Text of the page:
Gut reaction: I'm not confident about this. That might be down to the poor state of my stomach after last night's excesses, but already there are rumblings of discontent.
Session factor: Fairly low. I could handle a few in one sitting, but would shy away from drinking it all evening.
Arbitrary score: 280


Tuesday, 4 December 2012

No sleep till Brooklyn

Last exit: Brooklyn's take on lager
still manages to taste like failure
Today has been perhaps one of the longest I've ever had to live through. And when it's over, I don't ever want to live another like it again.

As one door closes, another one opens as the saying goes. But not for me it seems. In fact the only door openings I can readily rely on are the little cardboard ones that hide the next beer away from my prying pre-Christmas eyes.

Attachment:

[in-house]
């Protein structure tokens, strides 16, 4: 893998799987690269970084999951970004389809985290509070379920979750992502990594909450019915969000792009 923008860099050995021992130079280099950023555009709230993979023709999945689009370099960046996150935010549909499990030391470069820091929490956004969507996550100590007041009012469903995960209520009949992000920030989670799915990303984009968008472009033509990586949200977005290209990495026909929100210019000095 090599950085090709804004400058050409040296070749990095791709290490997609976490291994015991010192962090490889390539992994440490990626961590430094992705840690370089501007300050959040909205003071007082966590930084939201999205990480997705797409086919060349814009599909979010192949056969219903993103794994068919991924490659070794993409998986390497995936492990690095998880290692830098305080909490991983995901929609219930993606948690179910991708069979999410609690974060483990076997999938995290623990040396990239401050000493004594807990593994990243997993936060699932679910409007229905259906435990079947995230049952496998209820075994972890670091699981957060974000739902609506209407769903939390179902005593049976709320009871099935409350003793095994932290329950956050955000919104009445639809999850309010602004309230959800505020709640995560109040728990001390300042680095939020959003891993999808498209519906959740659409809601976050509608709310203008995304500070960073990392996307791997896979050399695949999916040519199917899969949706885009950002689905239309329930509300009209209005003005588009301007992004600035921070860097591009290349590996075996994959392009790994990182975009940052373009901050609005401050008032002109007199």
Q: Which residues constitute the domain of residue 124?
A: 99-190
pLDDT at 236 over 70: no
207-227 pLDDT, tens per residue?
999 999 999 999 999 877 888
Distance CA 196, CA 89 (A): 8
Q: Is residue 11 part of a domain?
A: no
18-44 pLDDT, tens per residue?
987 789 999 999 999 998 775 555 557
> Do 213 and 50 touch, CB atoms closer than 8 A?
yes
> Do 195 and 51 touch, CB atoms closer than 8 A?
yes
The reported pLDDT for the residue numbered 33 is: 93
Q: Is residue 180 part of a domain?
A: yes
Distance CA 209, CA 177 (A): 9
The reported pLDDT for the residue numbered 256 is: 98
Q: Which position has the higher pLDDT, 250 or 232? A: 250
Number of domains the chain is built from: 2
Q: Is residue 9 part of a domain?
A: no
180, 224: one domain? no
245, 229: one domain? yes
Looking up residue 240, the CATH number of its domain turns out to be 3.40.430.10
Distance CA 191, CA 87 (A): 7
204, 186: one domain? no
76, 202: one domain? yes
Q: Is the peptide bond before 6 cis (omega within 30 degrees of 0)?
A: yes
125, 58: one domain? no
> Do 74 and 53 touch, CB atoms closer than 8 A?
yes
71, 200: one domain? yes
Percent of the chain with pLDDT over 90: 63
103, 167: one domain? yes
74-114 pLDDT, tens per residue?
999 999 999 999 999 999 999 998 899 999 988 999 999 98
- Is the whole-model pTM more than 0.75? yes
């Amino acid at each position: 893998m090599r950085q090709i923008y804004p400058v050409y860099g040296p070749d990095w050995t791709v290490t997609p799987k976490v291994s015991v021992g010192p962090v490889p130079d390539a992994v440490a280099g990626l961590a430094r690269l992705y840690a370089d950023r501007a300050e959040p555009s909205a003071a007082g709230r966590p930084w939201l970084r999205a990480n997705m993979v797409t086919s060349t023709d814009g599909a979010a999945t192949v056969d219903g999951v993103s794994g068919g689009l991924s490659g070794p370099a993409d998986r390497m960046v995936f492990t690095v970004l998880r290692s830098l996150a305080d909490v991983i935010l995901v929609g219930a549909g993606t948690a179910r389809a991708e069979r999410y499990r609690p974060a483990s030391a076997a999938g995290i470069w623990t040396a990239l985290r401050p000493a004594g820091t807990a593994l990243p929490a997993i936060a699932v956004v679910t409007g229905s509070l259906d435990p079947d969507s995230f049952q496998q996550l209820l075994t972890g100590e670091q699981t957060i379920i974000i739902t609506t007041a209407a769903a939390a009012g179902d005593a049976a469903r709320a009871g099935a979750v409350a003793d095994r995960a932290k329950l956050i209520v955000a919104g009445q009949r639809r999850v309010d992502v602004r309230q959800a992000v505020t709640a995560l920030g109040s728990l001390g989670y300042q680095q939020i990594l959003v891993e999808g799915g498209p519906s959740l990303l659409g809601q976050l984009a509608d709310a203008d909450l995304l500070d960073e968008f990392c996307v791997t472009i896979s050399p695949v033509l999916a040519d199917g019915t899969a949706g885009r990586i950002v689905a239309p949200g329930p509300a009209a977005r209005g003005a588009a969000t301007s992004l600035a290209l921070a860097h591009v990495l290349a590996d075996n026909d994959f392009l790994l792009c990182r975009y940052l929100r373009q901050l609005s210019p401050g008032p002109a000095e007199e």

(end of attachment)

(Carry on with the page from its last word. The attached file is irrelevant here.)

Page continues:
Despite an evening drinking fine Bordeaux wines and a healthy couple of scoops in The Harp afterwards, I failed to get any sleep last night. Not even alcohol-induced torpor was forthcoming. Just an awful lot of turning over, rearranging pillows and BBC World Service.

And then daylight. Not so much licking me into shape as slapping me down and reminding me there is no let up. No succour. No comfort. So I did what any man in my position would do and headed straight for the bottle. I'm not proud. But boy did it feel good to drain the last of the Gaillac Perlé and leave the glass on the bedside table.

They say all things happen for a reason, but the more you go searching for those reasons, the more obscure they can become. Trying to understand the whys and wherefores can often feel like trying to understand your breakfast. Some things just are and it's up to you to deal with it. Sometimes you just have to accept you'll never know. There is no explanation.